Esquirereprinted Gore Vidal’s decades-old attack on William F. Buckley, somehow forgetting that it was “the subject of a libel suit the first time around.” A letter of apology to Buckley will appear in an upcoming issue of the magazine.
DJ Taylor deconstructs the “fine liberal” stance that “all literary taste [is] relative” and “Dan Brown [should appear on a bookseller’s shelves] next to AS Byatt on the grounds that both of them are ‘writers.'”
Invoking Borges’ “The Library of Babel,” Salon’s Andrew Leonard considers whether the Google library deal will result in information overload and comes to the same conclusion I do: pshaw, bring on the searchable classics!
Some quick screen adaptation news, all from the same place: Wes Anderson and Noah Baumbach are at work on a script based on Roald Dahl’s The Fantastic Mr. Fox, which will be animated by Henry Selick (The Nightmare Before Christmas). At the moment, Selick is animating the screen version of Neil Gaiman’s Coraline. He hopes to wrap that up in a little less than two years. And Willem Dafoe reports that the movie based on Patricia Highsmith’s Mr. Ripley’s Return is in post-production.
Writers, I’ve said it before, but it bears repeating: Bookangst is an indispensable source of information about the inner machinery of publishing. Its editor (known as “Mad Max Perkins” in blogland) is, in the words of Michael Cader:
a highly-respected, longtime big six publishing veteran trying to help change things for the better– and serious about wanting to hear from (and protect the identity of) others in the publishing world.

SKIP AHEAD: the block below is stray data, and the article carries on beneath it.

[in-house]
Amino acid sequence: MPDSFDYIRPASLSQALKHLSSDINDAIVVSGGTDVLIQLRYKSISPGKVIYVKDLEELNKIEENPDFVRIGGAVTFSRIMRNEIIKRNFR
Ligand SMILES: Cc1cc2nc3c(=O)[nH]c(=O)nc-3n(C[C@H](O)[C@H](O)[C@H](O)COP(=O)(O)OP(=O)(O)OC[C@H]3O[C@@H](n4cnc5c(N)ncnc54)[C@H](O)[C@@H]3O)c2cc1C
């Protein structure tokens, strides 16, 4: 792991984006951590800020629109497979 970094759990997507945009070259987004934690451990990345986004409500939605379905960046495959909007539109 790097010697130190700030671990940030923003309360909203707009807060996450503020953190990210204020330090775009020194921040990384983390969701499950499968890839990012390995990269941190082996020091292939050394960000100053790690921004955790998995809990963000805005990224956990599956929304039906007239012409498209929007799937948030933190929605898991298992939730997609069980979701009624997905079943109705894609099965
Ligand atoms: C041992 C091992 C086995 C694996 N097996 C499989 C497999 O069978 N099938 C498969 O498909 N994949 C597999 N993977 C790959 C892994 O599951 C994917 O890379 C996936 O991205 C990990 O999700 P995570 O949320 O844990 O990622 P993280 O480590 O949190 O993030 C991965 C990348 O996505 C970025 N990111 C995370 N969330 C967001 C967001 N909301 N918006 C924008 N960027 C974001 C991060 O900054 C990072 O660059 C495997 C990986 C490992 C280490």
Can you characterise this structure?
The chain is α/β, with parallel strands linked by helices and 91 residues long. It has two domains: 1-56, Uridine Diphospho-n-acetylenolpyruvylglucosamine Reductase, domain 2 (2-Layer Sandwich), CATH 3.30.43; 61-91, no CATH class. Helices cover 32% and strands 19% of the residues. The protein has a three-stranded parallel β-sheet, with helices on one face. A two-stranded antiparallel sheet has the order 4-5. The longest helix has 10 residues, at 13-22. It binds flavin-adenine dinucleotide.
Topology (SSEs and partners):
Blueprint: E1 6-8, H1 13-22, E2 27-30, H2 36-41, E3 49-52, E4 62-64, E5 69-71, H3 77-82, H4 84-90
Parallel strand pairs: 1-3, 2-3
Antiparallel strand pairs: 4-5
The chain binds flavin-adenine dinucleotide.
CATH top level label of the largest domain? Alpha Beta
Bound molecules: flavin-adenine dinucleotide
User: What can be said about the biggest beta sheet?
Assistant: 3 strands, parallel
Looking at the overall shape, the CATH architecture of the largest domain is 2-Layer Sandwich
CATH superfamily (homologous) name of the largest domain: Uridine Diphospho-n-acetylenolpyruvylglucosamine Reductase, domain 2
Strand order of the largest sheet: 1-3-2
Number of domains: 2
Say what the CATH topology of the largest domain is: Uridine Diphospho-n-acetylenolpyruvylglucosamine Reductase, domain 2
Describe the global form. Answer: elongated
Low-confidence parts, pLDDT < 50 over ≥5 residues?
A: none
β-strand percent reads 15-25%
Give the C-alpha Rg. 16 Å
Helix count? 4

Orhan Pamuk, Margaret Drabble, Tibor Meray, Bei Dao, Ngugi Wa Thiong’o, Jean-Marie Gustave Le Clezio, Jean Baudrillard, Luis SepulvedaTibor Meray, Erling Kittelsen, and Mo Yan, are among the writers who will consider “Writing for Peace” at the second International Forum for Literature, which will convene in Seoul next May.
If you’ve been following the homeland security nomination controversy that’s blown up around former NYPD Commissioner Bernard Kerik (with shock waves involving his former mistress, publisher Judith Regan), you’ll want to pick up this month’s Vanity Fair for Judith Newman’s Regan piece.
Agreeing to serve as one of the judges for one of Britain’s most prestigious literary prizes, Hugh Grant named Portnoy’s Complaint as one of his favorite novels. There’s a joke in here somewhere, maybe, but I’m still recovering from a mandatory “office holiday party,” so I’m afraid you’re on your own.